Ripples from the Zambezi – Economic Development from the Bottom Up

This post is the first in a series of book reviews designed to share some of my better finds with readers (and motivate me to reflect on some of the books I have read and to read the ones that have been languishing on my book shelf!). I bought Ripples from the Zambezi thinking it would be about development in Africa. It’s not.

In Ripples from the Zambezi, the author, Ernesto Sirolli, turns the top down model of grand economic development on its head. Instead, his focus is on nurturing the passion and creativity of individuals.

The title comes from Sirolli’s early experiments in economic development in rural Africa, where he worked as a foreign aid worker for the Italian government. The beginning of the book details his experiences in Africa and the ideas that those failed experiments planted in his mind.

From that experience, he learned firsthand the damage traditional top down development models could do and made it his life’s work to find a better way to build local economies. He later discovered that the ideas that germinated in Africa applied to Western economies too.

Sirolli’s approach builds on the theories of E.F. Schumacher, A.H. Maslow, Carl Rogers and others. The fundamental concepts underpinning Sirolli’s work include:

–      A belief in the intrinsic goodness of human nature.

–      If people don’t ask for help, leave them alone.

–      There is no good or bad technology to carry out a task – only an appropriate or inappropriate one. Something big, modern, and expensive is not necessarily best; it all depends on the circumstances.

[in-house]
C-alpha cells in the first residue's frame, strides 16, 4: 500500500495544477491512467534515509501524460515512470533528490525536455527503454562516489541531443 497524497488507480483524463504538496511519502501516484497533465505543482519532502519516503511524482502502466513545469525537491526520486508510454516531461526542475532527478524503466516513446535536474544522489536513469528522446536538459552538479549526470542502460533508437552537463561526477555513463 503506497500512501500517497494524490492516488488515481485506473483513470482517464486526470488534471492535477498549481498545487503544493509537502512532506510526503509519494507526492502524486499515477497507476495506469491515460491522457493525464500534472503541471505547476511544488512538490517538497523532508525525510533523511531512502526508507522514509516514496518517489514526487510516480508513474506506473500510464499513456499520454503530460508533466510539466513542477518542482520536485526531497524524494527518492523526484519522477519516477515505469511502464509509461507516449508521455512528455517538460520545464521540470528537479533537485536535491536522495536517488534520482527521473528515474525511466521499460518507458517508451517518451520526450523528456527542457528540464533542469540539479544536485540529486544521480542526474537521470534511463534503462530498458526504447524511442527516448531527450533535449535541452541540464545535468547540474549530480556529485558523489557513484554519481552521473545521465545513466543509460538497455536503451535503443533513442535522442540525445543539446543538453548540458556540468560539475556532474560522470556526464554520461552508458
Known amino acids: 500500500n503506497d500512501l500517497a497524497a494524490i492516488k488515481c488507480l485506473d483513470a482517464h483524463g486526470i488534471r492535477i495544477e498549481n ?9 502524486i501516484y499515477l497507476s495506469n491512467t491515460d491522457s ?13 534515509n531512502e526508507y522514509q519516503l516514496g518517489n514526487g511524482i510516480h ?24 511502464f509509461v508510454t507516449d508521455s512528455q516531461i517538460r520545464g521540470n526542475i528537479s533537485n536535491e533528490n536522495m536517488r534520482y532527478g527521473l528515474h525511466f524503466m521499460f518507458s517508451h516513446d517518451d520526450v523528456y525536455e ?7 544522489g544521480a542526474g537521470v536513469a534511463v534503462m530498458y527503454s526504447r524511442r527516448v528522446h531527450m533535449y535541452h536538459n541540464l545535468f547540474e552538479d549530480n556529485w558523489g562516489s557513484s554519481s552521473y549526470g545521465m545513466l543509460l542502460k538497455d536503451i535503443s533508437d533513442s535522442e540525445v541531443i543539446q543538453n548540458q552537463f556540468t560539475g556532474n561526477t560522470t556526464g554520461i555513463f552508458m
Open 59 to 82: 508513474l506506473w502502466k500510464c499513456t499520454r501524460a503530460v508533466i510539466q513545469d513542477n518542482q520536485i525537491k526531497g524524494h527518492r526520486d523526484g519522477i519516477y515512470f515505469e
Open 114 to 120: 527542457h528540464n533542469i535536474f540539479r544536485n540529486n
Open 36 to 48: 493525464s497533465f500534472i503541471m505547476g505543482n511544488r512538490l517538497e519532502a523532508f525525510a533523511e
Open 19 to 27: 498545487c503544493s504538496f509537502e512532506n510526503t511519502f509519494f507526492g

However, this is not just a book of theory. Sirolli goes on to tell stories about the enterprises he ‘facilitated’ under austere economic conditions. Sirolli’s first success came in a small rural community called Esperance in Western Australia. In Esperance, Sirolli helped fishermen sell fish to the Japanese sushi market for six times what the local cannery was paying for their catch. Another business was started smoking the fish for gourmet markets. Another new business made quality sandals from local kangaroo hides. Sheep farmers developed a processing business that turned worthless old ewes into valuable hides, wool and mutton kebabs.

In rural Minnesota, Sirolli was hired to work in one of the poorest counties in the state with a workforce of only 3,000. Within four years, his effort had resulted in 30 new businesses, assisted 127 existing ones, retained 55 jobs and created 71 new ones.

In rural South Dakota, a penniless cattleman developed a welding repair business in a small town. Within two years, it employed 27 people who processed $90,000 worth of orders a month.

The success of Sirolli’s model depends upon empowering people rather planners and policy makers.  “The future of every community,” Sirolli writes, “lies in capturing the energy, imagination, intelligence, and passion of its people.”

For more information on Sirolli’s methods, check out the Sirolli Institute’s website at

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